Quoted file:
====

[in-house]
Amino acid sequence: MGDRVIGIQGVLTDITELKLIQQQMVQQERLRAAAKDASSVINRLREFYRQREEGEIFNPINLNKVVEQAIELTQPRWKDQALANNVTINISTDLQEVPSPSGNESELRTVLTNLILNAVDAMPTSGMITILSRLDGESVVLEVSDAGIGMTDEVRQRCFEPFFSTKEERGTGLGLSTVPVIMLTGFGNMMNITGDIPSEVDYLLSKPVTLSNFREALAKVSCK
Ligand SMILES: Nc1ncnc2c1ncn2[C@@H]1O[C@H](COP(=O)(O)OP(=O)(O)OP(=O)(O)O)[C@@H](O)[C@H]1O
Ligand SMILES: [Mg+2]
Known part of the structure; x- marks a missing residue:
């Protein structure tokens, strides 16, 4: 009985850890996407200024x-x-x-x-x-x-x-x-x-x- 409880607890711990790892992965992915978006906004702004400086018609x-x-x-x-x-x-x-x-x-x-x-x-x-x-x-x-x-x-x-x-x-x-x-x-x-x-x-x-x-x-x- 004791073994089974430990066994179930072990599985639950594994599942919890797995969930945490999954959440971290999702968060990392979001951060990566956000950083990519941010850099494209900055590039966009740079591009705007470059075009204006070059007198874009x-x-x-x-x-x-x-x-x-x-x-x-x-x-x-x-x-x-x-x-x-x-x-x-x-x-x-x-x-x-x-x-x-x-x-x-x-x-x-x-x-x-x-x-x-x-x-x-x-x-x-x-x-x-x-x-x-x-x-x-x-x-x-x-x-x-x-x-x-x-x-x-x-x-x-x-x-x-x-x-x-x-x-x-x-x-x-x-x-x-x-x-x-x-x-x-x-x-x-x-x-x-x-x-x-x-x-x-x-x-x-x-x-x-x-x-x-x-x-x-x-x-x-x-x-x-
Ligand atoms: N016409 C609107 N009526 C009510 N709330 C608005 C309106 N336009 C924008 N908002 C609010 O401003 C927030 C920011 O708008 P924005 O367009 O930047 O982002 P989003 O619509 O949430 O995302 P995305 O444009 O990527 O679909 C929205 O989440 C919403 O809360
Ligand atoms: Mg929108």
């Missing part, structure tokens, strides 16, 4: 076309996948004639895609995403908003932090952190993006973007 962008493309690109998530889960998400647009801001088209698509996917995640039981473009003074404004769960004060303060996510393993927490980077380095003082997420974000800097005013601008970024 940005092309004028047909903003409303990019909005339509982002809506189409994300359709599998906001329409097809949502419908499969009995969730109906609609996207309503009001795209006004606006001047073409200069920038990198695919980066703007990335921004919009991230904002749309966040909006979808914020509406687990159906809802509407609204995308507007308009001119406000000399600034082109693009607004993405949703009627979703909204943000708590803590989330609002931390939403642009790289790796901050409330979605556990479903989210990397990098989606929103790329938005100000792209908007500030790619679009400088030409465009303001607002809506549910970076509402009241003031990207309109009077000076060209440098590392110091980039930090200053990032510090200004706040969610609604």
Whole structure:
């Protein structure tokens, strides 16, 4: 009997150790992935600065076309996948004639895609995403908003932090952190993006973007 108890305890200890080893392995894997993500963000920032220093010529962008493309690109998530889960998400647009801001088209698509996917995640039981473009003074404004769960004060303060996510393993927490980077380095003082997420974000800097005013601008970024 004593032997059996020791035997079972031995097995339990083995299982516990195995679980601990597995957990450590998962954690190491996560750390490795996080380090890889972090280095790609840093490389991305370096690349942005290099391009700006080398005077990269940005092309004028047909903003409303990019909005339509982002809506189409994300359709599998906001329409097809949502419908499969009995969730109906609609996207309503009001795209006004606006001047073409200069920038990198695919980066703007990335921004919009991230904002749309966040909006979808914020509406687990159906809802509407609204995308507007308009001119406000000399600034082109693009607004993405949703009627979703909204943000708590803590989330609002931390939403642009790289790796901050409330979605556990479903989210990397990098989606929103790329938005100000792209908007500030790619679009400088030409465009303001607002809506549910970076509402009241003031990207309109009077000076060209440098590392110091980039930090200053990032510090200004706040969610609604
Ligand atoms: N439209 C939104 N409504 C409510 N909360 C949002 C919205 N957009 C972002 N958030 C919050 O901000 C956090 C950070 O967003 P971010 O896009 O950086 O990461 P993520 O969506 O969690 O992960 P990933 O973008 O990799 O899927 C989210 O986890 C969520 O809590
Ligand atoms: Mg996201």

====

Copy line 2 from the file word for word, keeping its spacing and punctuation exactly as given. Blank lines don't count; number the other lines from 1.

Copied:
Amino acid sequence: MGDRVIGIQGVLTDITELKLIQQQMVQQERLRAAAKDASSVINRLREFYRQREEGEIFNPINLNKVVEQAIELTQPRWKDQALANNVTINISTDLQEVPSPSGNESELRTVLTNLILNAVDAMPTSGMITILSRLDGESVVLEVSDAGIGMTDEVRQRCFEPFFSTKEERGTGLGLSTVPVIMLTGFGNMMNITGDIPSEVDYLLSKPVTLSNFREALAKVSCK